Organizations make many decisions, good ones and bad ones. Implementing good decisions deliver value to the stakeholders of these organizations. Bad implementation of good decisions will not bring the expected value.
There are also decisions, that when executed turn out to have been bad decisions. Unfortunately there are also plenty of bad decisions that are implemented, despite the fact that many people in the organization already knew that “this won’t work”. Here politics, stubborn management, large ego’s, or other organizational dynamics are at play.
Senior Management makes also ICT related decisions – good or bad ones: “We need a new business system because the current one does not support our business strategy”, or “We need a new extranet solution for our key accounts so we can increase our sales”.
As a CIO you have to respond to these “ICT decisions”. Taking these decisions for face value and starting up the new ERP system acquisition project, or putting the extranet request in your already overloaded project portfolio with the classification “high priority” will not necessarily bring value.
To make the right decision is difficult. When you think about it, even the implementation of a decision (i.e. an ICT project) is in practice an accumulation of many smaller decisions to keep the implementation project’s scope, schedule and budget.
So, improving the decision making process in an organization is essential. Good ICT related decision making saves costs and increases return on the ICT assets.
An organization can improve decision making by following a more technological road or a more practical people & process track.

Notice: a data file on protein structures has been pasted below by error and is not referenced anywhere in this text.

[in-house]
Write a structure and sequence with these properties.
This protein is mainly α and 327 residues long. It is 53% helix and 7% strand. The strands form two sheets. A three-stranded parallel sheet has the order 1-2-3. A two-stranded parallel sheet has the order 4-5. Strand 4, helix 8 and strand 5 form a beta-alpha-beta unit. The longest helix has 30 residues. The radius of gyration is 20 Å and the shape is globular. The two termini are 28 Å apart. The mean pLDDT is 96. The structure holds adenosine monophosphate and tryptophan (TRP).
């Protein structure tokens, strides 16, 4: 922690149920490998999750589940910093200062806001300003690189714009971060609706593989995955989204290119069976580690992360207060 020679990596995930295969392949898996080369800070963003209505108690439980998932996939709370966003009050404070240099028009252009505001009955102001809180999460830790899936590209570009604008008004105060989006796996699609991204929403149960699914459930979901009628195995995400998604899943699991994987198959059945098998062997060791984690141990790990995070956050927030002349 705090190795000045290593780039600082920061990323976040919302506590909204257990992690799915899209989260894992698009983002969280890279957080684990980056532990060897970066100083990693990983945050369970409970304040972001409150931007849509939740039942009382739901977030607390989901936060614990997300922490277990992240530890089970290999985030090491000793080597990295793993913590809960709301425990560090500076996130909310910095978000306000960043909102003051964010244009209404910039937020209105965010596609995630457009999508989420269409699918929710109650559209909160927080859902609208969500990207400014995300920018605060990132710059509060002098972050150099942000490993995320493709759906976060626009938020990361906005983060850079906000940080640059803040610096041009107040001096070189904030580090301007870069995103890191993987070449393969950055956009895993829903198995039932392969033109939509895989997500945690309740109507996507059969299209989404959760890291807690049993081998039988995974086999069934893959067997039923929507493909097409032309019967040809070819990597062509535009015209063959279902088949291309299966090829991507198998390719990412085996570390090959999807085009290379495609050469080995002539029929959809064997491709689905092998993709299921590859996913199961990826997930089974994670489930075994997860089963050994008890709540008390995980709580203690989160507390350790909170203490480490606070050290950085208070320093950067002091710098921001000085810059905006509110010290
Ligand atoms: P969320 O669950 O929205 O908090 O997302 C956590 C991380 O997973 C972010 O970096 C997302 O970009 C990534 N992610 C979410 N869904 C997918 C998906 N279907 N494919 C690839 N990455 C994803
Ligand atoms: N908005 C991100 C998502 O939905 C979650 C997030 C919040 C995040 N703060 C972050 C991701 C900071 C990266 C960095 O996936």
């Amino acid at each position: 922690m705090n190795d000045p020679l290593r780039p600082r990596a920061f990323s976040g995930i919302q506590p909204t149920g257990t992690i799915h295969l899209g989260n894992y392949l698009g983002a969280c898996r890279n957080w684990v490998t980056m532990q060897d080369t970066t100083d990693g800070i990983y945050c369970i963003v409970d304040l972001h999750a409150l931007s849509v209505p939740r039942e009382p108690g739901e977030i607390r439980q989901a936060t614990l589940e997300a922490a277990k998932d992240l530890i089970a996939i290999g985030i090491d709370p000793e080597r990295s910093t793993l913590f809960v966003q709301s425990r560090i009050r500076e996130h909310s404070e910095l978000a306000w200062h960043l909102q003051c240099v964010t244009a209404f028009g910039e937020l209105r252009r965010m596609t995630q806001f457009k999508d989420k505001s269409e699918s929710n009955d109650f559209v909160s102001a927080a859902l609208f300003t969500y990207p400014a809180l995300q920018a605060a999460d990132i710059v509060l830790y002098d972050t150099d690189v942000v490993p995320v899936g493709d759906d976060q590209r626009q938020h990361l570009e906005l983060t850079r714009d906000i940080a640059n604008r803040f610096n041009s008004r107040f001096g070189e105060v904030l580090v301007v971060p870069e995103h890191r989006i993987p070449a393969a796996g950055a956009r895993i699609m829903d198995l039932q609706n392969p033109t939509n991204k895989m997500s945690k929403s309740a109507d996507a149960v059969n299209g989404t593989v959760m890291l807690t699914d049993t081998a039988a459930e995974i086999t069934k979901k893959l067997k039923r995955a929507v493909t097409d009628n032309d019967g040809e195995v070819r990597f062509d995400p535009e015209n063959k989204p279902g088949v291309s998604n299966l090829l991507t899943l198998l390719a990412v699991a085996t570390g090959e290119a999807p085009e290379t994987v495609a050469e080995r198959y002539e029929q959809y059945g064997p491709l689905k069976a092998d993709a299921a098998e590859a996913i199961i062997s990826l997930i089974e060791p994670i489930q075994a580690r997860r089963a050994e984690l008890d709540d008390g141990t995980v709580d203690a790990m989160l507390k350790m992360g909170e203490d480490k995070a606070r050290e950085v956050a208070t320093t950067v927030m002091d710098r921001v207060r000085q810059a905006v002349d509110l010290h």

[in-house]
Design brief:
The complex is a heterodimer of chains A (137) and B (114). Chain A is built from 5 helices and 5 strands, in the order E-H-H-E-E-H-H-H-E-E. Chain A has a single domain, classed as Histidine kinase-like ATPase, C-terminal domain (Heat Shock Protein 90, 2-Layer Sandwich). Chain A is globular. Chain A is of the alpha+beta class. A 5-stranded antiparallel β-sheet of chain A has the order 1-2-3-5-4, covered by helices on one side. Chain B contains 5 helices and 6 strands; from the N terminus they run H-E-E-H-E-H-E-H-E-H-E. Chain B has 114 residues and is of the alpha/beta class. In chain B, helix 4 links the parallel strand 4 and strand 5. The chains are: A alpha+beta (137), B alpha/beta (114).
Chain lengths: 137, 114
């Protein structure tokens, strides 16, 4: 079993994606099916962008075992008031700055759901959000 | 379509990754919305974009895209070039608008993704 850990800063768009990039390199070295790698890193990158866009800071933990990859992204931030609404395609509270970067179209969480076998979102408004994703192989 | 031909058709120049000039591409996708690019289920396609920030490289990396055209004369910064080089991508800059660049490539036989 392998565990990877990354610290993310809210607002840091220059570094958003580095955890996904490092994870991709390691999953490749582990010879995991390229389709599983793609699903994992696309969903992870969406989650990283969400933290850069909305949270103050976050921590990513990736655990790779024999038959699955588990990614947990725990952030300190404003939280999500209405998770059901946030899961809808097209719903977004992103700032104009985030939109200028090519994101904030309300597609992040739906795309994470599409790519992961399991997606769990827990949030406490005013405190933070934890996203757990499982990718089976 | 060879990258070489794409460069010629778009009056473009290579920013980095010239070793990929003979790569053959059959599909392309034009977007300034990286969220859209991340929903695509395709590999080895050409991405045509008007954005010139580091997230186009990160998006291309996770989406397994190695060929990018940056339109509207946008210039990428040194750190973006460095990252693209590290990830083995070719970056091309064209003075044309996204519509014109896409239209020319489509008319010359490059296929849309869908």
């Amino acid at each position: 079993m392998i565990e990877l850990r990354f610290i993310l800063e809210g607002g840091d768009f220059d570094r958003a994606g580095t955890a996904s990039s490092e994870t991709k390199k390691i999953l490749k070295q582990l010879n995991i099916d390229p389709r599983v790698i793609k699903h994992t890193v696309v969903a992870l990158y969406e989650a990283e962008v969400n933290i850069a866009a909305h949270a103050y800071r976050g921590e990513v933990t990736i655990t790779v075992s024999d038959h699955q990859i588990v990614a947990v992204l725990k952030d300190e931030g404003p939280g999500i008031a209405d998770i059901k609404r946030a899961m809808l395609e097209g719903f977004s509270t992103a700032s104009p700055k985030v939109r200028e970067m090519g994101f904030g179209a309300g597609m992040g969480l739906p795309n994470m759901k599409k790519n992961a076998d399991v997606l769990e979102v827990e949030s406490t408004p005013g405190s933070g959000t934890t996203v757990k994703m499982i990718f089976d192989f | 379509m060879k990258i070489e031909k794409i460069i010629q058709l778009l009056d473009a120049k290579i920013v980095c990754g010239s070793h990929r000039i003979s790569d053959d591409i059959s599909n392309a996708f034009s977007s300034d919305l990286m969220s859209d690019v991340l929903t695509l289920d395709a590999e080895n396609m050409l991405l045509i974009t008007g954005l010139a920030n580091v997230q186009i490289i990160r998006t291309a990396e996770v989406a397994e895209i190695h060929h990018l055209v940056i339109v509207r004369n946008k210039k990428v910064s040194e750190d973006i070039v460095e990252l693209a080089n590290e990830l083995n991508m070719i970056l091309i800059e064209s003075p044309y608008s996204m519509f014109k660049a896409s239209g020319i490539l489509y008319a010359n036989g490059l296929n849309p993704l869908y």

The technology road leads to implementing Decision Support Systems. These range from the “Business Intelligence” movement, Data Warehousing & Mining, to very domain specific, highly developed, applications impending the Artificial Intelligence dream. Other such approaches aim to model a subset of reality, simulate different scenarios in this model, and define the most favorite outcome as the best decision.
The people & process track focuses on involving the right people in a more formal and transparent decision making process. This track can improve the quality of decisions as well as the commitment to the actual decisions taken. Crowdsourcing is an example of such an approach: ask enough experts for their opinion on a specific topic, and you might find the correct answer/decision. The crowd needs to be supplied with the right facts and context in order to get relevant answers.
How can a CIO promote better decision making? Taking some steps on the technology road and the people & process track will help. But most important for a CIO is to be pro-active and to keep his/her finger on the pulse of the company to see when ICT related decisions are coming up. The CIO can start to aggregate relevant information and mobilize the right experts to support the decision making. The CIO should try to challenge the real decision makers to participate in the decision processes as one of the crowd. Like this, the CIO can prevent unexpected, bad “ICT decisions” from above.